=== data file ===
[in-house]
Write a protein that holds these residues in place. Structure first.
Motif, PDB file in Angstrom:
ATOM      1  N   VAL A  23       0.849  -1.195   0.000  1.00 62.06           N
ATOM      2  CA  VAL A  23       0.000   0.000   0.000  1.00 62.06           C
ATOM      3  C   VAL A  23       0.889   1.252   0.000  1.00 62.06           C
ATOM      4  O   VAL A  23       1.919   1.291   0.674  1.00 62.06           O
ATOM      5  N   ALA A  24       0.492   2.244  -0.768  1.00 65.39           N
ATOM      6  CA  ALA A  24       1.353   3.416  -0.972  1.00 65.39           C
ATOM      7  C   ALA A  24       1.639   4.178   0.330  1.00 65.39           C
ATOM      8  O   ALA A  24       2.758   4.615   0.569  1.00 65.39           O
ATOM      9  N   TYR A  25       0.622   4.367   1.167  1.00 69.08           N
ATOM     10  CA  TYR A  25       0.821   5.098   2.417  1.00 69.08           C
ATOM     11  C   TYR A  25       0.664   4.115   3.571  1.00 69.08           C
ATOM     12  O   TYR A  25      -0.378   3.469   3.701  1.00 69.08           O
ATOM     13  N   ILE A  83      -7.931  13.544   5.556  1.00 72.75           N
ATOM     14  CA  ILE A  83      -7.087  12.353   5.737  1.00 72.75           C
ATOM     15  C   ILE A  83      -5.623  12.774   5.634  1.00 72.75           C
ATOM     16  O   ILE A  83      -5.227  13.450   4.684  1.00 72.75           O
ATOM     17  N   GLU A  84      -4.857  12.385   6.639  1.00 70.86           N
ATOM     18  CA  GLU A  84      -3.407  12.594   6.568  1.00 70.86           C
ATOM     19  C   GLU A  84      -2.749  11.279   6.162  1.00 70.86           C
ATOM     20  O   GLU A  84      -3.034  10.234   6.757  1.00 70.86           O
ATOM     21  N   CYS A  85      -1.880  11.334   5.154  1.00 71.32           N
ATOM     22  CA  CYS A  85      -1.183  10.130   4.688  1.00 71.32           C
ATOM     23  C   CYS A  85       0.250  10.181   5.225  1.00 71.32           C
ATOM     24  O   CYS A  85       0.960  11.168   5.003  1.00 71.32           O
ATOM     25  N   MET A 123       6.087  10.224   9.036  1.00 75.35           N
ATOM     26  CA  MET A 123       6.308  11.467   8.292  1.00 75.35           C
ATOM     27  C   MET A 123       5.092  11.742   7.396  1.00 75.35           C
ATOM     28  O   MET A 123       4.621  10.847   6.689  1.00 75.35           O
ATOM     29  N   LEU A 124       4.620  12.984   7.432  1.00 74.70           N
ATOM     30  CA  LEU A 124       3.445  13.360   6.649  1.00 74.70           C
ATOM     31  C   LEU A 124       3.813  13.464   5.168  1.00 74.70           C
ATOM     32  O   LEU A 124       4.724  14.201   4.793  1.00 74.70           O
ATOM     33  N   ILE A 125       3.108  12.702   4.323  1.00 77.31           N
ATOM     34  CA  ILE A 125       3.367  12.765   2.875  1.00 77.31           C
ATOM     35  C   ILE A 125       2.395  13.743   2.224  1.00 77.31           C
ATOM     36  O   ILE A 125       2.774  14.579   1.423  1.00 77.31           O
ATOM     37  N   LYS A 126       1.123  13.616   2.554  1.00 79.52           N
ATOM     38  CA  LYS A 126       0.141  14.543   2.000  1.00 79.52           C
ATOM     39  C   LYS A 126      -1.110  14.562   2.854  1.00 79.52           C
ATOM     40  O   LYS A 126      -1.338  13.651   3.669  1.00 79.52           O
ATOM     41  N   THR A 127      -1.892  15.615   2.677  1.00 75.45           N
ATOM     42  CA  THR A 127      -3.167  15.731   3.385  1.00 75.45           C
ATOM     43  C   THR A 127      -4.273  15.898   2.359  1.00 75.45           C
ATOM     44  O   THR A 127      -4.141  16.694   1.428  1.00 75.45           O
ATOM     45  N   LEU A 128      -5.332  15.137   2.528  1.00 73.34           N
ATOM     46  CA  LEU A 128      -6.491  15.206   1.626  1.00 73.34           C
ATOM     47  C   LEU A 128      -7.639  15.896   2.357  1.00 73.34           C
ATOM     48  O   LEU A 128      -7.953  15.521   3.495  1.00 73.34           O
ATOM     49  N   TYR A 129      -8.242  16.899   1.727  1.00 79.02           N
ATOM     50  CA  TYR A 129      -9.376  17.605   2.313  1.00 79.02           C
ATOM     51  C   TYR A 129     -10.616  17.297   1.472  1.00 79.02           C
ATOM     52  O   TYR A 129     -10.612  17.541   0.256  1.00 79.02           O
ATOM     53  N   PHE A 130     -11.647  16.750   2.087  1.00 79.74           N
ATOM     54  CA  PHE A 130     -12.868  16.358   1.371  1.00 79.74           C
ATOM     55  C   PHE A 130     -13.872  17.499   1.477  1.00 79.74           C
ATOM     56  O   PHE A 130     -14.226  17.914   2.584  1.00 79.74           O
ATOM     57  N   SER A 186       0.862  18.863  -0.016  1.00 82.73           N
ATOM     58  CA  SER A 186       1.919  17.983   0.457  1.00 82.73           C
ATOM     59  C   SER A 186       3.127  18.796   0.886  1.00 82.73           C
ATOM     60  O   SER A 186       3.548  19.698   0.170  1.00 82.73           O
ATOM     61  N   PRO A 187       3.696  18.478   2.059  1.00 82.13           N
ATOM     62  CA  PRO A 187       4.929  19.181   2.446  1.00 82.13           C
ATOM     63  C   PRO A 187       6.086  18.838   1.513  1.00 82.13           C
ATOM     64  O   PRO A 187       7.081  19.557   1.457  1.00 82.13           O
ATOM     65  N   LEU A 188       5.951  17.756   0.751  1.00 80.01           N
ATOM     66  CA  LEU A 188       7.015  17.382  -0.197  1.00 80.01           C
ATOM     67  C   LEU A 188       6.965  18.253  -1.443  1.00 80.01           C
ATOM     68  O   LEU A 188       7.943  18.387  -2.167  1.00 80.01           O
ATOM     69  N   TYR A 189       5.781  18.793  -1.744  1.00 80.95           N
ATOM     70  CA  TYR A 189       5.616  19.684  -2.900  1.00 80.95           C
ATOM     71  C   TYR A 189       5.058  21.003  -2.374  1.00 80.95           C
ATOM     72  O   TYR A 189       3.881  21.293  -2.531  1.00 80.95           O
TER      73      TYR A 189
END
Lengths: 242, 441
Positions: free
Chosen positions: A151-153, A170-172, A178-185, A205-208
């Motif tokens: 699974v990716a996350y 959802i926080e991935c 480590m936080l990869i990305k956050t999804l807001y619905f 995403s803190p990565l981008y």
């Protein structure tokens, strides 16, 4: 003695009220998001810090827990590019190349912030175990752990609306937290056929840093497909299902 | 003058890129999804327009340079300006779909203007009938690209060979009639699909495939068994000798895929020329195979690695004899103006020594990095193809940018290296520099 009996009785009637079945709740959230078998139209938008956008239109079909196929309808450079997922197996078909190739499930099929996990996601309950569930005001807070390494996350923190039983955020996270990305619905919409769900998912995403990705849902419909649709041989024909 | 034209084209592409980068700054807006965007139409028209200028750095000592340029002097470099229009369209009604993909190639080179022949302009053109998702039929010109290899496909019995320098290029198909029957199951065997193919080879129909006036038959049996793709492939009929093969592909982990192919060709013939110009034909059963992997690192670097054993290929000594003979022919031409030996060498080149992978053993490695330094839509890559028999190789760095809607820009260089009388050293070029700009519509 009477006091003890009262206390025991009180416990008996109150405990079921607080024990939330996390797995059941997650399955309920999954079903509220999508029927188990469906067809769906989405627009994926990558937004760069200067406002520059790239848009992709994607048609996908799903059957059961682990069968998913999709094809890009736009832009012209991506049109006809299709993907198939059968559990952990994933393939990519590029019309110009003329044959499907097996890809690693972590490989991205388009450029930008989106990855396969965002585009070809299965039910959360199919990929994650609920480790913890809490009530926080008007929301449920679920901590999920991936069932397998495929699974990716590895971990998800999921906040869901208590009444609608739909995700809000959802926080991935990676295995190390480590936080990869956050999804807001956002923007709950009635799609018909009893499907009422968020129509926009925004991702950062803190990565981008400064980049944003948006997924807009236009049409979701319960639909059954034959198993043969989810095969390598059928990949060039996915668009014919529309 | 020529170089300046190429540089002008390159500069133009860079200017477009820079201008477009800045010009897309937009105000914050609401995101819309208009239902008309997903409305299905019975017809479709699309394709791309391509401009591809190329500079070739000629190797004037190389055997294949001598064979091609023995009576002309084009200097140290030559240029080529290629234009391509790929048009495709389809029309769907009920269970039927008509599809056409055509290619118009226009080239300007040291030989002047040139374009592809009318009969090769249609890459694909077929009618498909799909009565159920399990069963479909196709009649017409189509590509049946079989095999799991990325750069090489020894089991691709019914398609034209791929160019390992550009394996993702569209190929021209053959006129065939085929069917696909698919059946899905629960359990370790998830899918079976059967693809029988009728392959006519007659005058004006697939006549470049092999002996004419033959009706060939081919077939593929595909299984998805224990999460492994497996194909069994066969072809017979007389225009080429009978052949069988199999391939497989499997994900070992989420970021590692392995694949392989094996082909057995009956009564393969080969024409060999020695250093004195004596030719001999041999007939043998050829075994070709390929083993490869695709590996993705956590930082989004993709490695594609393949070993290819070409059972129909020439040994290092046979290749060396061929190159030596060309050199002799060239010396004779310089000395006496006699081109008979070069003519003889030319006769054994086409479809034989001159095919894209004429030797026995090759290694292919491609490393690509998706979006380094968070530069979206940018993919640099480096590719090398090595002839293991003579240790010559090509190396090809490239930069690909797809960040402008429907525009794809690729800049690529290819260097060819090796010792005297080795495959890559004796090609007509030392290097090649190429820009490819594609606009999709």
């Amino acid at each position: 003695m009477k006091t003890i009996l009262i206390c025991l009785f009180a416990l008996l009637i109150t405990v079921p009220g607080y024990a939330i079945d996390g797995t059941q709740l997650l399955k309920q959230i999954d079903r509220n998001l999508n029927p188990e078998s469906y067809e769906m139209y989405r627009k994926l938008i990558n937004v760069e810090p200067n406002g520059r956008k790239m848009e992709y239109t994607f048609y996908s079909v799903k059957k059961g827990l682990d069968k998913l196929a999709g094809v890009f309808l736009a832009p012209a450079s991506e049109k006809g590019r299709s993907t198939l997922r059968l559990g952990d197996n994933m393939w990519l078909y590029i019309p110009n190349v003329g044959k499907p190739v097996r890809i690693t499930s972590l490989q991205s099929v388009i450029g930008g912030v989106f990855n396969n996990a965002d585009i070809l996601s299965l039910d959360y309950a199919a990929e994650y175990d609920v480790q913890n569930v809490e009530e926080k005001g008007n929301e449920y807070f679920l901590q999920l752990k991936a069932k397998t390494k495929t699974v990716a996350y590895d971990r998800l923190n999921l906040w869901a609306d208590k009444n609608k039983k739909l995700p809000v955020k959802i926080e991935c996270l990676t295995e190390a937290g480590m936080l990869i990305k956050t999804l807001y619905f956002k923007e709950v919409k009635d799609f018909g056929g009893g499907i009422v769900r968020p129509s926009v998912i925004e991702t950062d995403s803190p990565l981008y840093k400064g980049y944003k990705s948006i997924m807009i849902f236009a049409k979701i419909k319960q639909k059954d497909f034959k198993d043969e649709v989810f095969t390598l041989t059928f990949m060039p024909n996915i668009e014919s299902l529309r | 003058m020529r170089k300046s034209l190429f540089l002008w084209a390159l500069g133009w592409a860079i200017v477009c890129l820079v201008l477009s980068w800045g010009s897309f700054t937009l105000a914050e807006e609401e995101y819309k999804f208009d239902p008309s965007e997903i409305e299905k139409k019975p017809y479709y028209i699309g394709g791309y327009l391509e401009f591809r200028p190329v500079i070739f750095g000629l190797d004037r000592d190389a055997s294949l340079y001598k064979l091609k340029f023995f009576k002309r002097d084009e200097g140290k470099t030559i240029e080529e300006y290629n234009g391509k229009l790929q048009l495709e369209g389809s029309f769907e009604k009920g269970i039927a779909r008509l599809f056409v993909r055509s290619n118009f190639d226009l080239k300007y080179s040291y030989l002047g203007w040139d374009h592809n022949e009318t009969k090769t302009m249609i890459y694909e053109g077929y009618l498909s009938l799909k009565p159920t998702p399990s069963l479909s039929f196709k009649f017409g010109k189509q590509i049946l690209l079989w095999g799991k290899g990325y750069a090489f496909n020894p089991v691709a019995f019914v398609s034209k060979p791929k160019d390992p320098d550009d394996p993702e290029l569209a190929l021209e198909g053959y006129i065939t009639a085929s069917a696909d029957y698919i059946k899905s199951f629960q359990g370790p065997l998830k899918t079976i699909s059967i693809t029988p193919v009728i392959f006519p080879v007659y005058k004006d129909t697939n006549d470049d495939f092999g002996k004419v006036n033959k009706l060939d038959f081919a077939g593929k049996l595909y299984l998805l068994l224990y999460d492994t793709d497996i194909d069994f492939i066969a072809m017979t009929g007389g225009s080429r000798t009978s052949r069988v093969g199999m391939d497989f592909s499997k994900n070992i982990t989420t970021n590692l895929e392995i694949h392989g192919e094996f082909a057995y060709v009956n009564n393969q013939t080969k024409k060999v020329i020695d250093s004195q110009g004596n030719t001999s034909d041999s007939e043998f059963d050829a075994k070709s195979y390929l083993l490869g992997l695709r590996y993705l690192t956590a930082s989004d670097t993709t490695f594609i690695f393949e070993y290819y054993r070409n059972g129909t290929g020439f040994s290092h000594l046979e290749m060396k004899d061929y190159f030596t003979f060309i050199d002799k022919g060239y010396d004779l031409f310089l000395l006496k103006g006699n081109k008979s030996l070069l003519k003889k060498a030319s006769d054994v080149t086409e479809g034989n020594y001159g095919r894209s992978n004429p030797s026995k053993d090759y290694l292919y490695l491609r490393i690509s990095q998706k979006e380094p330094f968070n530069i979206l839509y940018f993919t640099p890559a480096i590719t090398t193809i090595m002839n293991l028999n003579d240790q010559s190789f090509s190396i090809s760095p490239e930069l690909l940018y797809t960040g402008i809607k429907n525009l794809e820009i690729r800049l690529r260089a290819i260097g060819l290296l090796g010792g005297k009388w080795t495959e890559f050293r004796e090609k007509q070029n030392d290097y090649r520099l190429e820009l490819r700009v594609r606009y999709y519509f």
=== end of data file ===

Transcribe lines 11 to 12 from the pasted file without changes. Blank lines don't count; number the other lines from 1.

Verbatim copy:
ATOM      8  O   ALA A  24       2.758   4.615   0.569  1.00 65.39           O
ATOM      9  N   TYR A  25       0.622   4.367   1.167  1.00 69.08           N